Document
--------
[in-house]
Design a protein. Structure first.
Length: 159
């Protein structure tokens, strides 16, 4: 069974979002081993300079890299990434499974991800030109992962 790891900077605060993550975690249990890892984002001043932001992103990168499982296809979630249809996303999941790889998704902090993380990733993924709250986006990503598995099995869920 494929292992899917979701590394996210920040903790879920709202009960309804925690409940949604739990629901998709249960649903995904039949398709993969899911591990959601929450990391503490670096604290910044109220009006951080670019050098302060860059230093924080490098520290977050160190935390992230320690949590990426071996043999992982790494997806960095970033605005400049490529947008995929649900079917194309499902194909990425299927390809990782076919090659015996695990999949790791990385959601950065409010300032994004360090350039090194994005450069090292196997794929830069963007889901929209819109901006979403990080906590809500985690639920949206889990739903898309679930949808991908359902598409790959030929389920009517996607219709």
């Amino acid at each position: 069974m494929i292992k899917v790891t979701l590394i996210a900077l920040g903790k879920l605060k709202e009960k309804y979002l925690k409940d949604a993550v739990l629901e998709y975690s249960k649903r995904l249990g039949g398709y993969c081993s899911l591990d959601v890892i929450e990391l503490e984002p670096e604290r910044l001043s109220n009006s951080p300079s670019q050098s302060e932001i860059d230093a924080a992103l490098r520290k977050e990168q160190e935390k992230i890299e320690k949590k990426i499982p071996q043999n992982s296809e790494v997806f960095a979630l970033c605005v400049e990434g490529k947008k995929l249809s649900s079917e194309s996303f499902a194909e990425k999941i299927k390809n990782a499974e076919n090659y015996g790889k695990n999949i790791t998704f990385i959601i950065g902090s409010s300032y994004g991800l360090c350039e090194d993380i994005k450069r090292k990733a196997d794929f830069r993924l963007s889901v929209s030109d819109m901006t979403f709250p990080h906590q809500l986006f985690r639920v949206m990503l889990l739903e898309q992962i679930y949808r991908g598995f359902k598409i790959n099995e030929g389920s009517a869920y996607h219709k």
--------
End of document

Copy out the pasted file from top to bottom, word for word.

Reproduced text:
[in-house]
Design a protein. Structure first.
Length: 159
């Protein structure tokens, strides 16, 4: 069974979002081993300079890299990434499974991800030109992962 790891900077605060993550975690249990890892984002001043932001992103990168499982296809979630249809996303999941790889998704902090993380990733993924709250986006990503598995099995869920 494929292992899917979701590394996210920040903790879920709202009960309804925690409940949604739990629901998709249960649903995904039949398709993969899911591990959601929450990391503490670096604290910044109220009006951080670019050098302060860059230093924080490098520290977050160190935390992230320690949590990426071996043999992982790494997806960095970033605005400049490529947008995929649900079917194309499902194909990425299927390809990782076919090659015996695990999949790791990385959601950065409010300032994004360090350039090194994005450069090292196997794929830069963007889901929209819109901006979403990080906590809500985690639920949206889990739903898309679930949808991908359902598409790959030929389920009517996607219709």
């Amino acid at each position: 069974m494929i292992k899917v790891t979701l590394i996210a900077l920040g903790k879920l605060k709202e009960k309804y979002l925690k409940d949604a993550v739990l629901e998709y975690s249960k649903r995904l249990g039949g398709y993969c081993s899911l591990d959601v890892i929450e990391l503490e984002p670096e604290r910044l001043s109220n009006s951080p300079s670019q050098s302060e932001i860059d230093a924080a992103l490098r520290k977050e990168q160190e935390k992230i890299e320690k949590k990426i499982p071996q043999n992982s296809e790494v997806f960095a979630l970033c605005v400049e990434g490529k947008k995929l249809s649900s079917e194309s996303f499902a194909e990425k999941i299927k390809n990782a499974e076919n090659y015996g790889k695990n999949i790791t998704f990385i959601i950065g902090s409010s300032y994004g991800l360090c350039e090194d993380i994005k450069r090292k990733a196997d794929f830069r993924l963007s889901v929209s030109d819109m901006t979403f709250p990080h906590q809500l986006f985690r639920v949206m990503l889990l739903e898309q992962i679930y949808r991908g598995f359902k598409i790959n099995e030929g389920s009517a869920y996607h219709k």